“Whatever the lessons of September 11, they were wasted on us” – .

“Whatever the lessons of September 11, they were wasted on us” – .

When the south tower fell in a single movement like a collapsible coffee mug, I screamed. I was not melodramatic; the cry was involuntary. The skyscraper simply seemed to disappear, like a magic trick. In half an hour, as if to convince a skeptical audience, the North Tower performed the same trick. I had been a bit mean about the Twin Towers, dismissing them as geometrically ‘unimaginative’. Yet, they had been part of my landscape since my family moved to New York City in 1975. Too late, I realized that while I didn’t consciously admire them, I was used to them, and simple familiarity can form. a bond as strong as love.

Remember, that morning no one had a clue how many more assaults were coming against the United States. For Jonathan and I, the infrastructure of our entire lives suddenly fell apart. Everything that we took for granted as strong and enduring has turned out to be fragile and fleeting. The very floor of this apartment seemed to sway, as if we were not on the fifth floor of a sturdy century-old building, but on a raft on the high seas. I have never been so aware of living in history as ‘it is happening. I have never felt so stupid for perceiving “history” as in the past and the present as static. The Afghans would have been way ahead of me. These people know the true nature of the present: flexible, coiled and capricious, like a live, crackling electric cable. The present can turn murderous in no time.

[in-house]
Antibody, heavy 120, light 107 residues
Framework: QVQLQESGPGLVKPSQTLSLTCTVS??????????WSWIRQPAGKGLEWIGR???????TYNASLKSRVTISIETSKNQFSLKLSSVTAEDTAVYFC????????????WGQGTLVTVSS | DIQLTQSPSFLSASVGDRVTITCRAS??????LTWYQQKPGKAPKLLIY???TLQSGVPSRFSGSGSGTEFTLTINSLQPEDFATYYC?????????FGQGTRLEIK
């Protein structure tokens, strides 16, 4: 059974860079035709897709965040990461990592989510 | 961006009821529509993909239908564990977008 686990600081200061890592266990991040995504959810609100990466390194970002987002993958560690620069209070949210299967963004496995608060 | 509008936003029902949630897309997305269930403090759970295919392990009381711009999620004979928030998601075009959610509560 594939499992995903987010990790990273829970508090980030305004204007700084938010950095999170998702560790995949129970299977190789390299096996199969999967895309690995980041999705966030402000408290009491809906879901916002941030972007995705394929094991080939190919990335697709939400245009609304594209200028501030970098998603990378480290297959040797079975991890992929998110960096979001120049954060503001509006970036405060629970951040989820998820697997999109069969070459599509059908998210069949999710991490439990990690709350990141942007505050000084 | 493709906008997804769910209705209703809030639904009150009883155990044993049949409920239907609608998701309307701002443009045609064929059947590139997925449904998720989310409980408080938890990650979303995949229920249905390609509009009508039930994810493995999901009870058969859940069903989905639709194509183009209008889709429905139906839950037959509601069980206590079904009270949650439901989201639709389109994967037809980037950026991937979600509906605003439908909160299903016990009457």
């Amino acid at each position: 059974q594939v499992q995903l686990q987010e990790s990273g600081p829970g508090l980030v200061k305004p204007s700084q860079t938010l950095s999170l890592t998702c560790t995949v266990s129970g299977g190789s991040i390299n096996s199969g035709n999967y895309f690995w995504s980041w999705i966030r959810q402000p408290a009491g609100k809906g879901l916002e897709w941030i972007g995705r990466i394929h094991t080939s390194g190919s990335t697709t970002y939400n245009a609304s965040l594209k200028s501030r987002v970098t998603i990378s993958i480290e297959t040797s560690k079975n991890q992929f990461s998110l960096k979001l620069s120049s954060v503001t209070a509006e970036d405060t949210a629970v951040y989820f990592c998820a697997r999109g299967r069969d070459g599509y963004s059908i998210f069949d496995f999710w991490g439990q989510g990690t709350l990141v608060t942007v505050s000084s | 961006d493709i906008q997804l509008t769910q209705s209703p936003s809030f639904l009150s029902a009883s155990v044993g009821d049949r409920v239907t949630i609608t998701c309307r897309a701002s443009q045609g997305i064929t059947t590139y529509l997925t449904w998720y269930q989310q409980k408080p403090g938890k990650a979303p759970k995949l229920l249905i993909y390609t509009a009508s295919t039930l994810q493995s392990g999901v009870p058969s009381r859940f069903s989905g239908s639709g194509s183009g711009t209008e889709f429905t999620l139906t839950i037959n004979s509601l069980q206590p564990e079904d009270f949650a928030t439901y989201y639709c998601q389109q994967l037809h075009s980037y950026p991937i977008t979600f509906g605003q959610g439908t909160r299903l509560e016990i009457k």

I called my parents at their home in the upstate. My dad couldn’t hear me because, as always, their classical music station was blowing up all over the house. I said, “Turn on the TV! THE CENTER OF WORLD TRADE HAS FALLEN. I had to shout in part to make myself understood.

It was not a lonely bike recognition day. Hand in hand, Jonathan and I took the West Side bike path. We did not talk. Sirens blaring, emergency vehicles raced down the deserted West Side Highway – in one direction. Many other pedestrians joined us on this pilgrimage. No one else was speaking either. A plume rose from the end of the island and dragged for miles over the river. As the crowd moved forward and grew, the air grew acrid and gray powder dulled the floral landscaping of the Hudson Greenway. We were all polite – a little embarrassed, silent, but sometimes nodding to each other and, unusually, crossing our eyes.

Our procession was authorized to Greenwich Street, where behind the cordon stood a vast pile of smoking slag, three stories high. The observers took turns for a minute or two of silence, then graciously gave way to the others. The smartphone generation would find it amazing, but no one was taking pictures. Most of these New Yorkers were probably secular, but it was a religious moment, a funeral moment. We paid tribute to him.


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